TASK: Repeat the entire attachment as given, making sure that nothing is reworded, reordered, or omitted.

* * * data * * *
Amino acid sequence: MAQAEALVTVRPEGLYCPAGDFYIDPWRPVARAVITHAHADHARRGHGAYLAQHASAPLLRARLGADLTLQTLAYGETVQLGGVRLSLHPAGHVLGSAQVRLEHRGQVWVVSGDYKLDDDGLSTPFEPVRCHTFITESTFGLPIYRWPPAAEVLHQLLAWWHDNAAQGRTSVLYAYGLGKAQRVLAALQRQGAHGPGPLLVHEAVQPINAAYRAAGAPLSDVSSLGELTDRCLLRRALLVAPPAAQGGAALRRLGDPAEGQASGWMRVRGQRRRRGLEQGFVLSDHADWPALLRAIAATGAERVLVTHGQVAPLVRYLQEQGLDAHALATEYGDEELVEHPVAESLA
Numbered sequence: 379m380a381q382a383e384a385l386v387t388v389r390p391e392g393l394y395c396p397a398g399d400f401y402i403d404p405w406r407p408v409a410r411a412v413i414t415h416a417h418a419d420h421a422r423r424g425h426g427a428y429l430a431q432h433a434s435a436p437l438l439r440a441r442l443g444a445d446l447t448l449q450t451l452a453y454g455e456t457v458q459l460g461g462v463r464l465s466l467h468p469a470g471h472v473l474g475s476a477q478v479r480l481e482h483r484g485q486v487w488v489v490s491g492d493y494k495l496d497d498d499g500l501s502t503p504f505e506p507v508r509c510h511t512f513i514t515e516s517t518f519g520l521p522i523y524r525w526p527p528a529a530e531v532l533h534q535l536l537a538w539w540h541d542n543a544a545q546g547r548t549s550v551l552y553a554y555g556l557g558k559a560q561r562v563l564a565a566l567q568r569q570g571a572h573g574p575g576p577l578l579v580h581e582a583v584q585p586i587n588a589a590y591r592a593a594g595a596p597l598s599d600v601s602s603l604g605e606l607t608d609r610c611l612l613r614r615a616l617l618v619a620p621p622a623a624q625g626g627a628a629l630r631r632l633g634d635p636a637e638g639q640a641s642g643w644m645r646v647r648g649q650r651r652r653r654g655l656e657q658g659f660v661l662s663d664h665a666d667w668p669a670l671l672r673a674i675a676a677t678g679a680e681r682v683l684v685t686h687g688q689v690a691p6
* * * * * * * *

Amino acid sequence: MAQAEALVTVRPEGLYCPAGDFYIDPWRPVARAVITHAHADHARRGHGAYLAQHASAPLLRARLGADLTLQTLAYGETVQLGGVRLSLHPAGHVLGSAQVRLEHRGQVWVVSGDYKLDDDGLSTPFEPVRCHTFITESTFGLPIYRWPPAAEVLHQLLAWWHDNAAQGRTSVLYAYGLGKAQRVLAALQRQGAHGPGPLLVHEAVQPINAAYRAAGAPLSDVSSLGELTDRCLLRRALLVAPPAAQGGAALRRLGDPAEGQASGWMRVRGQRRRRGLEQGFVLSDHADWPALLRAIAATGAERVLVTHGQVAPLVRYLQEQGLDAHALATEYGDEELVEHPVAESLA
Numbered sequence: 379m380a381q382a383e384a385l386v387t388v389r390p391e392g393l394y395c396p397a398g399d400f401y402i403d404p405w406r407p408v409a410r411a412v413i414t415h416a417h418a419d420h421a422r423r424g425h426g427a428y429l430a431q432h433a434s435a436p437l438l439r440a441r442l443g444a445d446l447t448l449q450t451l452a453y454g455e456t457v458q459l460g461g462v463r464l465s466l467h468p469a470g471h472v473l474g475s476a477q478v479r480l481e482h483r484g485q486v487w488v489v490s491g492d493y494k495l496d497d498d499g500l501s502t503p504f505e506p507v508r509c510h511t512f513i514t515e516s517t518f519g520l521p522i523y524r525w526p527p528a529a530e531v532l533h534q535l536l537a538w539w540h541d542n543a544a545q546g547r548t549s550v551l552y553a554y555g556l557g558k559a560q561r562v563l564a565a566l567q568r569q570g571a572h573g574p575g576p577l578l579v580h581e582a583v584q585p586i587n588a589a590y591r592a593a594g595a596p597l598s599d600v601s602s603l604g605e606l607t608d609r610c611l612l613r614r615a616l617l618v619a620p621p622a623a624q625g626g627a628a629l630r631r632l633g634d635p636a637e638g639q640a641s642g643w644m645r646v647r648g649q650r651r652r653r654g655l656e657q658g659f660v661l662s663d664h665a666d667w668p669a670l671l672r673a674i675a676a677t678g679a680e681r682v683l684v685t686h687g688q689v690a691p6